Wednesday, May 14, 2008
Mardi Gras Indians
Here’s a tradition we just don’t have in the Bay Area: In New Orleans, people dress up as Indians and parade around in feathered outfits.
Not just anyone does this, though. These so-called Mardi-Gras Indians are exclusively African-American. My understanding is that these parades take place with the blessing of the Native American community, because the outfits are adopted in recognition of the fact that both blacks and Indians were treated as second-class citizens in New Orleans, excluded from white traditions like Mardi Gras krewes. It’s also said that the southern African-American collective memory has not forgotten that escaped slaves often were sheltered by Native American tribes, though why this gratitude would be expressed in feathers is not entirely clear. As with a lot of New Orleans legends and traditions, the truth is almost certainly lost to time.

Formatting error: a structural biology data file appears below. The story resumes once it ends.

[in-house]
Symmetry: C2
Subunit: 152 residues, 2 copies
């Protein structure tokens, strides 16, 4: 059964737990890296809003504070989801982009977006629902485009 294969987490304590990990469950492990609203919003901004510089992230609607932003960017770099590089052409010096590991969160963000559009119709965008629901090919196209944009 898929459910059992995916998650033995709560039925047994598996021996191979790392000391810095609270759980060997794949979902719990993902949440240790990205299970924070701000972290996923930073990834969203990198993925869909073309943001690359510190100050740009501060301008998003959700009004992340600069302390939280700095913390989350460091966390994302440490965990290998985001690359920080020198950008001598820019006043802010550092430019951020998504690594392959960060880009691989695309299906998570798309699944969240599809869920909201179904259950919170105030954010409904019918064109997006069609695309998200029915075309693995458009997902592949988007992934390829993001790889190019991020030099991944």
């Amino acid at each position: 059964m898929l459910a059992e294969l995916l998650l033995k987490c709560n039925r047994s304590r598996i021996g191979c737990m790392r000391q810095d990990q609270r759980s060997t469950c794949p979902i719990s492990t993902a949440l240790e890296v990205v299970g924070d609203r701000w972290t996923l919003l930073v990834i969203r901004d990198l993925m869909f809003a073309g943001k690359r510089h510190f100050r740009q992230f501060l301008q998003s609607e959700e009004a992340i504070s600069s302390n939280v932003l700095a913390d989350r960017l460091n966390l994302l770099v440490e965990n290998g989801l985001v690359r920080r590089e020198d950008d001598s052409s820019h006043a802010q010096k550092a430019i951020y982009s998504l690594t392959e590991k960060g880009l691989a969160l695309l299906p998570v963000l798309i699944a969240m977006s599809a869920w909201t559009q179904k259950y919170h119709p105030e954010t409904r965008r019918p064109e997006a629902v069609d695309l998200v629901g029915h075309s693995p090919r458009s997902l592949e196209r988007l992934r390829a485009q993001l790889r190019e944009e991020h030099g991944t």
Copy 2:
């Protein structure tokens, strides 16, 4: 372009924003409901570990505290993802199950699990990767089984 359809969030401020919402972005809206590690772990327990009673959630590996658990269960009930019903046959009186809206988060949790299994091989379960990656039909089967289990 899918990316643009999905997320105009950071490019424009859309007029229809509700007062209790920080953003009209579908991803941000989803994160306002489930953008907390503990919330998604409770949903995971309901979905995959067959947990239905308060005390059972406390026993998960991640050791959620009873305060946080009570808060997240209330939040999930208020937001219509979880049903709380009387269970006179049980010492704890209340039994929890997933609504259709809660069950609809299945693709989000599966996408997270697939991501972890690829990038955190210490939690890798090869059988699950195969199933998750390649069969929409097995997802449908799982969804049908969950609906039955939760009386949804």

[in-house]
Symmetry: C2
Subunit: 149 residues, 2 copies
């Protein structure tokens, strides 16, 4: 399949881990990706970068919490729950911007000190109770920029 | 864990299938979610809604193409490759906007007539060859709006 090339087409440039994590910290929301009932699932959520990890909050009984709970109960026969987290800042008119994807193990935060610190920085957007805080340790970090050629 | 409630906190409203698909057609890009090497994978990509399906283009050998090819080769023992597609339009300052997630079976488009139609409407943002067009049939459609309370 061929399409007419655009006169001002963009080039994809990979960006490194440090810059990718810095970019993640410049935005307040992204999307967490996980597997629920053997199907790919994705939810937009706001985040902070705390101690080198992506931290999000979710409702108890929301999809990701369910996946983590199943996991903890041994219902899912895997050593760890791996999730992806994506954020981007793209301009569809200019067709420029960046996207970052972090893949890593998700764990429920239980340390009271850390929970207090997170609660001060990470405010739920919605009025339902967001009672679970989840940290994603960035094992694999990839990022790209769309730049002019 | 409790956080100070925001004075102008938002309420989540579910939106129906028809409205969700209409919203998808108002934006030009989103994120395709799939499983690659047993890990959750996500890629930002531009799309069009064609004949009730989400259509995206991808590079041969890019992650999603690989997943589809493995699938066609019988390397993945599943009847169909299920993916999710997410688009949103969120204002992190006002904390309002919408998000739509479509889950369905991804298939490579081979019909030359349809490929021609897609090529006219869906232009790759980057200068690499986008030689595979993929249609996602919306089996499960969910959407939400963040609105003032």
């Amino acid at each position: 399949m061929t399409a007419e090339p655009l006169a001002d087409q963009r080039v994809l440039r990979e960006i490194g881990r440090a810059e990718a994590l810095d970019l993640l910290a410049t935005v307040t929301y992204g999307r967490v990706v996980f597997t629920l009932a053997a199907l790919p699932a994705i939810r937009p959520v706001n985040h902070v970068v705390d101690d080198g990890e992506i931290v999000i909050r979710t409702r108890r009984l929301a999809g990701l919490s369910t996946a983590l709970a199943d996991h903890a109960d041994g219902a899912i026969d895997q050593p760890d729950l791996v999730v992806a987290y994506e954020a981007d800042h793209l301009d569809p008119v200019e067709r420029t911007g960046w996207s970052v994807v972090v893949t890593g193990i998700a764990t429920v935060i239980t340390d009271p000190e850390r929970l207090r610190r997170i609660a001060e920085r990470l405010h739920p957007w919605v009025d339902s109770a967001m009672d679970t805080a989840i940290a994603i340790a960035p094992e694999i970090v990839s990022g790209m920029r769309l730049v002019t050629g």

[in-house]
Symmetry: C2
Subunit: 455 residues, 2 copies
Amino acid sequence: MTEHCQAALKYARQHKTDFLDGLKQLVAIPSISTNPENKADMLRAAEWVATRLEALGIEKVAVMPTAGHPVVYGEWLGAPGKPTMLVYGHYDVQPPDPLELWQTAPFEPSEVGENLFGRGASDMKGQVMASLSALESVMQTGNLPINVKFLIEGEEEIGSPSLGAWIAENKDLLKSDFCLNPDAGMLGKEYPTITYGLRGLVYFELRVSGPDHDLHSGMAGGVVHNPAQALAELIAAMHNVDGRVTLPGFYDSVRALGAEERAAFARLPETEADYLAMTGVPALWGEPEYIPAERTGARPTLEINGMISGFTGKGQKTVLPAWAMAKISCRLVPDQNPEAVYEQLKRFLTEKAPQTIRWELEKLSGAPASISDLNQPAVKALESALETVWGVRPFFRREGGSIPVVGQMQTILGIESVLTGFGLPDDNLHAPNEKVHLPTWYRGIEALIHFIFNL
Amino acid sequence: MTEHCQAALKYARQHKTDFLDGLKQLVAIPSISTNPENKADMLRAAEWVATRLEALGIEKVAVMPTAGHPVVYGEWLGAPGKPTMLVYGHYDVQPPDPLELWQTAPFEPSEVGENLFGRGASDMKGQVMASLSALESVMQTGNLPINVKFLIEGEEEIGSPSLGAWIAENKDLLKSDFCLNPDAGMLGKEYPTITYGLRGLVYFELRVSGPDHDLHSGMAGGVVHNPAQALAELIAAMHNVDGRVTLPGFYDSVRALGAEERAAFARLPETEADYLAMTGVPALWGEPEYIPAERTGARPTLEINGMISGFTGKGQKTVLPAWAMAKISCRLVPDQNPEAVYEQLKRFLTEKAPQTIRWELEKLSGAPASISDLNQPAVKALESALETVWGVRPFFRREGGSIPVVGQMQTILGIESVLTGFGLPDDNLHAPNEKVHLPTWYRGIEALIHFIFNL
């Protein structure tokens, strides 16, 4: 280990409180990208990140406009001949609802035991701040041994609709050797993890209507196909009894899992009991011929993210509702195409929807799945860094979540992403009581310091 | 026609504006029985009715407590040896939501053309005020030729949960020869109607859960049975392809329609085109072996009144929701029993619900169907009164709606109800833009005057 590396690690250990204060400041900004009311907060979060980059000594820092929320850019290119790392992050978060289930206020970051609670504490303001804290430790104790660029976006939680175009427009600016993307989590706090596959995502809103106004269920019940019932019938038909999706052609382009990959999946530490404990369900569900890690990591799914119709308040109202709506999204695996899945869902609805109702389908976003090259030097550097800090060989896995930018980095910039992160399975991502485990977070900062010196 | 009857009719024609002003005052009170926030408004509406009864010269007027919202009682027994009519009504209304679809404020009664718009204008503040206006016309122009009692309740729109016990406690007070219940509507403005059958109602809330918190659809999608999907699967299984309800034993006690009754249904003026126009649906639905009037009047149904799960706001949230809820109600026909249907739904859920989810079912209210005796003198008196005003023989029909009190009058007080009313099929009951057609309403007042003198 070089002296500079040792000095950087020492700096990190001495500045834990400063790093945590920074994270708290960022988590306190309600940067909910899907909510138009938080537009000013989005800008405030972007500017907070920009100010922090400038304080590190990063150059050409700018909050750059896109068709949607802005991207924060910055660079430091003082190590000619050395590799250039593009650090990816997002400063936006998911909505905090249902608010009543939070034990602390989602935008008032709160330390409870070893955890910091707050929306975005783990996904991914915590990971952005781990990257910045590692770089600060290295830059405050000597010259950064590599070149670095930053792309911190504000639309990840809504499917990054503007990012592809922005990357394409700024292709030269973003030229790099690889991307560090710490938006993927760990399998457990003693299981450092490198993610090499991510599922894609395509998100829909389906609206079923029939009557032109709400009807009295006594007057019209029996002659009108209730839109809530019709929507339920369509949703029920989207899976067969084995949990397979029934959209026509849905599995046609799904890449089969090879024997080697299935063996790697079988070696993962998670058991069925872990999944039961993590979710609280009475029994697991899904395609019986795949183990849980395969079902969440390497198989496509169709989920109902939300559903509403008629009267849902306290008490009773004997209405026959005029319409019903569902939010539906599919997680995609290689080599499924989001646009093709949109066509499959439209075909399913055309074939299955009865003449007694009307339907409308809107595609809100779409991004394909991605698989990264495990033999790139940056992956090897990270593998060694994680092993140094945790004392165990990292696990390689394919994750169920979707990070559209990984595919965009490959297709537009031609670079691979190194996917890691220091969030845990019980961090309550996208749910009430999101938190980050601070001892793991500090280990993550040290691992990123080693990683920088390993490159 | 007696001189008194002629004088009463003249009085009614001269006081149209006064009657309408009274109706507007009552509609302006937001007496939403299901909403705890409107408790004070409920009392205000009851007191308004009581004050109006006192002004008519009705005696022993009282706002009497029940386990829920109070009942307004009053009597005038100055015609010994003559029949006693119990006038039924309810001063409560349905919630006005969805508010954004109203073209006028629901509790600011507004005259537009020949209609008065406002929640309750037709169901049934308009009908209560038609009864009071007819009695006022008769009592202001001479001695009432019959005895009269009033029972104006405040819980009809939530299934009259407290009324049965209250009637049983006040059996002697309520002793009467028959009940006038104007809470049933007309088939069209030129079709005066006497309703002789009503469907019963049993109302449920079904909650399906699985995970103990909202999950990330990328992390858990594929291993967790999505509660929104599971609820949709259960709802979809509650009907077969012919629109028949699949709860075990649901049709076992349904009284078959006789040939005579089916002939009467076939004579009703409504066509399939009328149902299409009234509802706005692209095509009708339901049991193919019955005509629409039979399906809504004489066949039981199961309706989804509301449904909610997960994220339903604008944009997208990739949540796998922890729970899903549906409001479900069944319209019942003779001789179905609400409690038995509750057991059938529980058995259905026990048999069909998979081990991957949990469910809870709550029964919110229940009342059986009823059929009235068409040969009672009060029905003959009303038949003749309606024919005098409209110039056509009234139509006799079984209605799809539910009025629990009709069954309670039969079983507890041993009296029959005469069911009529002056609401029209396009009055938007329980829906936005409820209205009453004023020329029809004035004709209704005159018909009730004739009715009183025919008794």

Today Mardi Gras Indian groups are social clubs whose organization mirrors mostly white krewes. Krewes are ruled by kings and queens and named after Greek mythological figures; Mardi Gras Indian tribes have chiefs and are named after local landmarks. At Mardi Gras, tribes dress in colorful, feathery, beaded outfits that weigh 50 pounds and chase each other around the neighborhood in ritualized mock confrontations with dancing and chanting. (Interestingly, the song Iko Iko is about this kind of encounter—the lyrics make a little more sense knowing this, but not a lot.)
Unfortunately, Mardi Gras was long over by the time we got to New Orleans, so we didn’t get to see a real parade. But some tribes did march at Jazz Fest. Pipi and I have half a mind to go to Mardi Gras one year so that we can see this for ourselves. In the Bay Area, you do sometimes get people in feathered outfits, but they’re usually just expressing their appreciation of Cher, and you hardly ever get enough in once place for a parade.
This woman is a part of a tribe called the New Orleans Mardi Gras Indian Rhythm Section.